Hitting out at the opposition for their plans to "drag" decision on FDI to Parliament, the government today said the "shrill discourse" and "sensationalism" over the last few years have caused enormous damage to India's image and hoped the enthusiasm of foreign investors would now be bolstered by recent firm moves.
Commerce Minister Anand Sharma made it clear that there will be no going back on allowing 51 per cent FDI in multi- brand retail as it is a "decision cast in stone" and said the government is ready to face any challenge in Parliament.
Speaking ahead of the Parliament session when Opposition is planning to press motions, including No-Confidence Motion over the FDI issue, he asserted that a government cannot be expected to have "vetting of its policy and endorsement of executive decisions either by ideological opponents, some of whom have blinkers on or those who have partisan agenda."
Talking to journalists en route to Phnom Penh along with Prime Minister Manmohan Singh, Sharma said, "It is high time that a realisation dawns upon all concerned that shrill discourse and sensationalisation in recent years has caused enormous damage to India's image, the investment climate and hurt India's economy."
He maintained that "In a constitutional democracy which is rule-based and rule-governed, if there is any issue those get addressed. We do not need opposition discourse for the concerned institutions and authorities who will look into such matters. It does nobody any good."
Asked to comment on a move by former UPA ally Trinamool Congress to bring No-Confidence Motion on FDI during the Winter Session of Parliament beginning on November 22, Sharma said, "in a democracy, there can be difference of opinion and it is expected of the opponents of the government to take a position with regard to policy decisions.
"(But) here is a decision which is in executive domain which requires no legislative approval. In the history of Indian parliamentary democracy, an executive decision has never been dragged into Parliament motions."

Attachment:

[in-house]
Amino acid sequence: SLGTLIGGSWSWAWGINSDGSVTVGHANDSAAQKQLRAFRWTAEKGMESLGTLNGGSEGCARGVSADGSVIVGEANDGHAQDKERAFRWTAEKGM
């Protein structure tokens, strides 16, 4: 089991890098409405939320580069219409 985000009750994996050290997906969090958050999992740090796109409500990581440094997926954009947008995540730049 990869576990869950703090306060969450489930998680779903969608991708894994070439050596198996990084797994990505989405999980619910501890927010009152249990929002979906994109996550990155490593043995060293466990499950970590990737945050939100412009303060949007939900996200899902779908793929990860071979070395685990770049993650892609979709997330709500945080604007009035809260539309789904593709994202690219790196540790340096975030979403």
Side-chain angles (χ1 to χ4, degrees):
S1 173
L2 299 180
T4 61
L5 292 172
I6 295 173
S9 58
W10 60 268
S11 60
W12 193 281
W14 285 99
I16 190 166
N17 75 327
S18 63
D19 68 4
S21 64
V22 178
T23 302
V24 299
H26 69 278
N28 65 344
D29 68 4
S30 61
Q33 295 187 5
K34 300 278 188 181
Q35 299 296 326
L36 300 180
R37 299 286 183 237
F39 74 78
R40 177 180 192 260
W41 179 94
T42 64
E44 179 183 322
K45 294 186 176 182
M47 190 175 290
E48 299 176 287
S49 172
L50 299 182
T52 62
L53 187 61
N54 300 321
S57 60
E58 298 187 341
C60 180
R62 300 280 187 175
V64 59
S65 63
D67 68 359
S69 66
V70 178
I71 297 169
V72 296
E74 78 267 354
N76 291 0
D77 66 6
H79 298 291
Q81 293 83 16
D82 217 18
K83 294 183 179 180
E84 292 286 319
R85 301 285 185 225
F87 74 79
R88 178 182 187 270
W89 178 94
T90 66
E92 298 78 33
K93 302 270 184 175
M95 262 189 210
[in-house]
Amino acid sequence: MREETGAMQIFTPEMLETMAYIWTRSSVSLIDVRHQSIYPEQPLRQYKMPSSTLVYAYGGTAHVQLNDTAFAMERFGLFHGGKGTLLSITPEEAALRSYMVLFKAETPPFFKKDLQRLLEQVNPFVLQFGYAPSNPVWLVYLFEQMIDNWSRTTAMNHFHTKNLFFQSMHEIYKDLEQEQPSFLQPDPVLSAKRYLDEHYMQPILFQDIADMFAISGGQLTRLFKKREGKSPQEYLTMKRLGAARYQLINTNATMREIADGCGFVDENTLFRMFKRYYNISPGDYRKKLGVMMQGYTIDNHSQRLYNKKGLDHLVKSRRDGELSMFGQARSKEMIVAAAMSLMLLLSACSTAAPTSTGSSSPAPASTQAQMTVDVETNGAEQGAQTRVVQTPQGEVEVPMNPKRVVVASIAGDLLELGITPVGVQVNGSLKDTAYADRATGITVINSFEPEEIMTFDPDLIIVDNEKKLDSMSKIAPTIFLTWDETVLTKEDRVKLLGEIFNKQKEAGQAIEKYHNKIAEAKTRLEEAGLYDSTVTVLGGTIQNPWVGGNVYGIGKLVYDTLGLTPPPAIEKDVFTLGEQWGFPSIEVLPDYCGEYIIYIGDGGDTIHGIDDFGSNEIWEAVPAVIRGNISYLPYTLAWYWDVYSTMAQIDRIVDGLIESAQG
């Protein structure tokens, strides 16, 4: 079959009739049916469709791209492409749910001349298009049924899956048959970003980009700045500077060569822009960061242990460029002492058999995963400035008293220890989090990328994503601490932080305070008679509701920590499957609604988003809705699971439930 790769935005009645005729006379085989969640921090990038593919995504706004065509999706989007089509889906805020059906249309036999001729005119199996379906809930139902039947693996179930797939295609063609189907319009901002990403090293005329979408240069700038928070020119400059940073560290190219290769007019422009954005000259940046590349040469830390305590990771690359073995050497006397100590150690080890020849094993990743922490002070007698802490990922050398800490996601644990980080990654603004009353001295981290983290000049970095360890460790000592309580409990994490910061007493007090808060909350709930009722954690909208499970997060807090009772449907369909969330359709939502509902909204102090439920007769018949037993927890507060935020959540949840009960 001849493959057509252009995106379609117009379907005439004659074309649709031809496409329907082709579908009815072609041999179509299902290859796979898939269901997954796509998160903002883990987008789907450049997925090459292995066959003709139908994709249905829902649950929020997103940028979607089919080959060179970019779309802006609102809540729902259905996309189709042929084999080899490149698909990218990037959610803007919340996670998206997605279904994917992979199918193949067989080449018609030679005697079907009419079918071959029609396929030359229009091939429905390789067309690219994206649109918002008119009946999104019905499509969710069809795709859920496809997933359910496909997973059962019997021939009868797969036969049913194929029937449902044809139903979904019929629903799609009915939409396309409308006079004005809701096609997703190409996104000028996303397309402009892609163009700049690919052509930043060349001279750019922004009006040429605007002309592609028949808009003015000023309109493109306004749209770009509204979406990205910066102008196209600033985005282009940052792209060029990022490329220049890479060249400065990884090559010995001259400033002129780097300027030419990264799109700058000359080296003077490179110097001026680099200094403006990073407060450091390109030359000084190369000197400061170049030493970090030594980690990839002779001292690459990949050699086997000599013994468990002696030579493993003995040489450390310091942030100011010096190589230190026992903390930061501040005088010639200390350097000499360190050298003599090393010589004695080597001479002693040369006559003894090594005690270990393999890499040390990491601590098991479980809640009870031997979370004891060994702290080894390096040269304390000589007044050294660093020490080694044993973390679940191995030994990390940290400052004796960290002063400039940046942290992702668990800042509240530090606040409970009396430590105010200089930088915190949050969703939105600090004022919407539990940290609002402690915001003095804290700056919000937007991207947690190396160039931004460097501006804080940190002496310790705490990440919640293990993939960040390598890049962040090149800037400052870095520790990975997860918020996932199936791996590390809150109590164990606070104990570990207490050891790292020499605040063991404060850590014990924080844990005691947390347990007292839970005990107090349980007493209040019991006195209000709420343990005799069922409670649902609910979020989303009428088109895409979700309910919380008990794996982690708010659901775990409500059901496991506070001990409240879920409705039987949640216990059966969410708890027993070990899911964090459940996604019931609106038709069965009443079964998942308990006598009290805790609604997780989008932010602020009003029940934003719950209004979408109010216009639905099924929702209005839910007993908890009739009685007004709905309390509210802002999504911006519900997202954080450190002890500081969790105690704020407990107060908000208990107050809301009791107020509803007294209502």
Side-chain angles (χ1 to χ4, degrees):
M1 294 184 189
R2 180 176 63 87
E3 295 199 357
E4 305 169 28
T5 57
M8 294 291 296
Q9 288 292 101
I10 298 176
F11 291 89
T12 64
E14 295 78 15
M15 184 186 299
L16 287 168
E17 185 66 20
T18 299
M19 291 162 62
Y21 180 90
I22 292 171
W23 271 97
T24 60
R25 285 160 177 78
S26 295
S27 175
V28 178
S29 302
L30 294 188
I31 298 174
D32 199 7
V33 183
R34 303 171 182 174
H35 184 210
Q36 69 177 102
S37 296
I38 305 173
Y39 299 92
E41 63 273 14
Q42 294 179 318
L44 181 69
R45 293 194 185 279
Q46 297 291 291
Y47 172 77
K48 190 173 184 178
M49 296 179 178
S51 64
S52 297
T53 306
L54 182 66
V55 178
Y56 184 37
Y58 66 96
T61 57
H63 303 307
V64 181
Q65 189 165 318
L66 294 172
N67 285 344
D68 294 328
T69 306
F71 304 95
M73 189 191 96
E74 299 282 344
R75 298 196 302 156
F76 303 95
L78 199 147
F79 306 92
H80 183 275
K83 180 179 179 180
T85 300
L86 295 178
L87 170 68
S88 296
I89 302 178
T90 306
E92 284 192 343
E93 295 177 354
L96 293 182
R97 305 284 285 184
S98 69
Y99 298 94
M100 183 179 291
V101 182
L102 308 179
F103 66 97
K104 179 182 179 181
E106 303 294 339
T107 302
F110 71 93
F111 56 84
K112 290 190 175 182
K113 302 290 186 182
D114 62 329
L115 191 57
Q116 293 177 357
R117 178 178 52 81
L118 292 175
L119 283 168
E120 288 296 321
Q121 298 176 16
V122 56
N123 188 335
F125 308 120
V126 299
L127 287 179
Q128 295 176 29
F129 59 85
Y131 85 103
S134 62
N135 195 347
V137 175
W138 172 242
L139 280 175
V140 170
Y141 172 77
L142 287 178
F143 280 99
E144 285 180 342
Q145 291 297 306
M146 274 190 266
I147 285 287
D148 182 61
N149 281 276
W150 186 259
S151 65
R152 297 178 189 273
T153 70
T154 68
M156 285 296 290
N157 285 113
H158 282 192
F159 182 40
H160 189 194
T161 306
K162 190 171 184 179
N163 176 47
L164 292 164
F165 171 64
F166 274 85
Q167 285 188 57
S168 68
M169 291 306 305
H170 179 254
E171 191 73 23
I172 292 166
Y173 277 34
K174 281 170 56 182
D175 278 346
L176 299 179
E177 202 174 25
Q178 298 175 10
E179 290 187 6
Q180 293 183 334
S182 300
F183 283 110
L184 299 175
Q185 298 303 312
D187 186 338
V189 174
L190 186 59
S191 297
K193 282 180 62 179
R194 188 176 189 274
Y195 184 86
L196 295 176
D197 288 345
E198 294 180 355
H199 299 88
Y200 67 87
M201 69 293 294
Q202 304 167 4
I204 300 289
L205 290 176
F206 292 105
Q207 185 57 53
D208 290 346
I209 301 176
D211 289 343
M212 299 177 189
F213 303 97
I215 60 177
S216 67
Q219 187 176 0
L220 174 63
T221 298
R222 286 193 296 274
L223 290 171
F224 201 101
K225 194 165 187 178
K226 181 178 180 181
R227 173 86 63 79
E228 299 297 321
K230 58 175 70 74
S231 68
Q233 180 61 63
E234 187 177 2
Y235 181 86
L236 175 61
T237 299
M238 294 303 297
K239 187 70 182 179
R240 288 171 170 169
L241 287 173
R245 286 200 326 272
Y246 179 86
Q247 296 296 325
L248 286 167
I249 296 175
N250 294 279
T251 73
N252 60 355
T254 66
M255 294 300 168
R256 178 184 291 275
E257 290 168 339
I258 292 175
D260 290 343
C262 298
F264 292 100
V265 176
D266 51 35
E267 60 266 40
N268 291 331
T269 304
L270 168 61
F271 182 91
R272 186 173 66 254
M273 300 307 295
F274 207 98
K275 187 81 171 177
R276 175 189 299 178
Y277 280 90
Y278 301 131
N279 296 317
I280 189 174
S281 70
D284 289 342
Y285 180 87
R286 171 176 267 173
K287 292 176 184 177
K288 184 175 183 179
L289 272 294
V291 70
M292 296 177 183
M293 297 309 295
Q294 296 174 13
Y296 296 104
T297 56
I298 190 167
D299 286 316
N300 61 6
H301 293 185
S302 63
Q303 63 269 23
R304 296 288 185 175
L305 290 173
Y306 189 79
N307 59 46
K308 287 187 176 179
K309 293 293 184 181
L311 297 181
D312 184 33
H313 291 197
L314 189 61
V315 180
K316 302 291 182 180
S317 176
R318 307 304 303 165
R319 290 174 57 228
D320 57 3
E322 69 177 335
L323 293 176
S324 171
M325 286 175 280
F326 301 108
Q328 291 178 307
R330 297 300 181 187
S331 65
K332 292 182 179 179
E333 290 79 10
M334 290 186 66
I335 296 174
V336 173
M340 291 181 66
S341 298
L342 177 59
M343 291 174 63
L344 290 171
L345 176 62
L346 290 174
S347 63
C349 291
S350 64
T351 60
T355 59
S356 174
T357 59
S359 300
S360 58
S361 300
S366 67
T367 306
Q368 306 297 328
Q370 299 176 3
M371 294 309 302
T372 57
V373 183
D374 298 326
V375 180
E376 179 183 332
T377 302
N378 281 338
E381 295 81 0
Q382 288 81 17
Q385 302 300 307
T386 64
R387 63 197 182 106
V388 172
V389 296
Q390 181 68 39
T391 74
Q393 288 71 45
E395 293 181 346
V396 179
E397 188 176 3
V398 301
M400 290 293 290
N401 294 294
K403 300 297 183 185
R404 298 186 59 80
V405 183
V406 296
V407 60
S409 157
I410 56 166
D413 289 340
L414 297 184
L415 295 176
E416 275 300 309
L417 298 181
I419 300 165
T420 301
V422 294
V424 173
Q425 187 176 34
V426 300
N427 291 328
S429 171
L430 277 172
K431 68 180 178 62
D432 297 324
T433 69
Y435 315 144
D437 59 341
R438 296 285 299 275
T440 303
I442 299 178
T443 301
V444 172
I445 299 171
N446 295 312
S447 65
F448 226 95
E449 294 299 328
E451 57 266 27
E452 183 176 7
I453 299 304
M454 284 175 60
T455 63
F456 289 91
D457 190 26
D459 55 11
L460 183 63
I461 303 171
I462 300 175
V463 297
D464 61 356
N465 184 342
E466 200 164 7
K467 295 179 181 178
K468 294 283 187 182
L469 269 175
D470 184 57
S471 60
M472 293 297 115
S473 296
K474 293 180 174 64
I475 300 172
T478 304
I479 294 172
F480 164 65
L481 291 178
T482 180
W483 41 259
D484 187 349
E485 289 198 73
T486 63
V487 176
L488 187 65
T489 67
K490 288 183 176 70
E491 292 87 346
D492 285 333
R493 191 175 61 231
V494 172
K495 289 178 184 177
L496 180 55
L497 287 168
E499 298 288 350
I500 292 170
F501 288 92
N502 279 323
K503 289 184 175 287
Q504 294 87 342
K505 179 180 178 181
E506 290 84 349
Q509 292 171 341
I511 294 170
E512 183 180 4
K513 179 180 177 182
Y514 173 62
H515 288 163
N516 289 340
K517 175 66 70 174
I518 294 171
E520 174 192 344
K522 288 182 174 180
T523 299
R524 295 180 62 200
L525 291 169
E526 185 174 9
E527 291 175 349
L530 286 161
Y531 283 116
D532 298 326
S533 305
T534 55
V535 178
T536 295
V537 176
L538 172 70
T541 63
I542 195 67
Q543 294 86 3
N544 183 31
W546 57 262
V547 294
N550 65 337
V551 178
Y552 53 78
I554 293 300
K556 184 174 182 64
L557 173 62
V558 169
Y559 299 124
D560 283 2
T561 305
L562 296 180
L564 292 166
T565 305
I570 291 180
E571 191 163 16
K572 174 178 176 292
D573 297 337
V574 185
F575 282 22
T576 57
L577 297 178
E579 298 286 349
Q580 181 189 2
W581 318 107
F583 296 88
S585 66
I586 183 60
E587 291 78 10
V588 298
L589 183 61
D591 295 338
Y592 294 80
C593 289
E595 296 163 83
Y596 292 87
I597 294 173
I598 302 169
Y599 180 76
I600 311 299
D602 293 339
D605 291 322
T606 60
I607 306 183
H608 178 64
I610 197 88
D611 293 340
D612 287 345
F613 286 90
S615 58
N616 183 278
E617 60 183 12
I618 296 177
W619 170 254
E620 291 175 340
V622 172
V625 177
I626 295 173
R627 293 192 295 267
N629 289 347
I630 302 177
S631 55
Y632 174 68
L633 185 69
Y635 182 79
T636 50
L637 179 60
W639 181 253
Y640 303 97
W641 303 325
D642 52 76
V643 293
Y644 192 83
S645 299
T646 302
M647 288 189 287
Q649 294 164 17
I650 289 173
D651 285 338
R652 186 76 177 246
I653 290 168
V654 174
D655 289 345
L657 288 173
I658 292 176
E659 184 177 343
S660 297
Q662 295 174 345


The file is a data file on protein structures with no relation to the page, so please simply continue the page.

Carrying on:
At the same time, the Minister asserted, "the government is confident" of demonstrating its majority in Parliament and "facing any challenge and continuing with its good work."
To questions over whether timing of FDI decision was right, Sharma shot back, saying he was surprised over such queries.
"Are we not the same government which has been unfairly targeted for not taking decisions? An atmosphere was created that decisions were delayed, decisions got trapped in controversies and one cliche was commonly used – policy paralysis. So when you take decisions, timing is questioned. When you are deliberating on a decision, you are called indecisive," the Commerce Minister said.
He asserted that the government had taken the decision on allowing FDI in multi-brand retail in a "considered manner" looking at the interest of farmers and jobs and after thorough consultations spread over two years with stake-holders like farmers, consumers and all the states.
"We have government that is confident, strong and stable and committed to carrying forward with those major initiatives which are in supreme national interest," Sharma underlined.
While talking about the damage caused to India's interests by "sensationalism," the Minister hoped that the confidence of investors in India's policy regime has been "bolstered and reinforced with the firmness" and "clarity of mind" that the government has demonstrated in taking decisions and to make India one of the most investor-friendly countries.
"I do not see any situation where enthusiasm of investors would be dampened," he said.
Sharma maintained that the Central government, while taking the decision on FDI, has respected the federal character of India and it has been left to states whether or not to implement it.
"The states which have reservations or are not ready, they are free not to implement. At the same time, big agrarian states which want (FDI in retail), cannot be deprived or denied. That is the position we have made clear," the Commerce Minister said, while noting that 10 states have given in writing that they want it.
He sought to dispel the perception that enough FDI proposals were not coming, saying there was good progress since third week of September when the Union Cabinet decided to remove the "pause" button and go ahead with the decision originally cleared in November last year.
"Proposals are coming. In single brand, major proposals have been cleared. the last FIPB (Foreign Investment Promotion Board meeting) had cleared three major proposals," he said.
Specifically referring to IKEA's proposal, he said it has been "approved by us, now it is with the FIPB." It will meet the parameters of the policy and all the conditionalities.
"The same will happen in multi-brand," he said.
On allegations of corruption involving Walmart, the Minister said, "allegations are allegations. In a rule-based and rule-governed country, if there is any violation there are agencies who are there to look into it."
At the same time, he said there would have been no violations since September when the FDI decision was notified with only one change about dispensation of landlocked states which do not have cities with population of five million.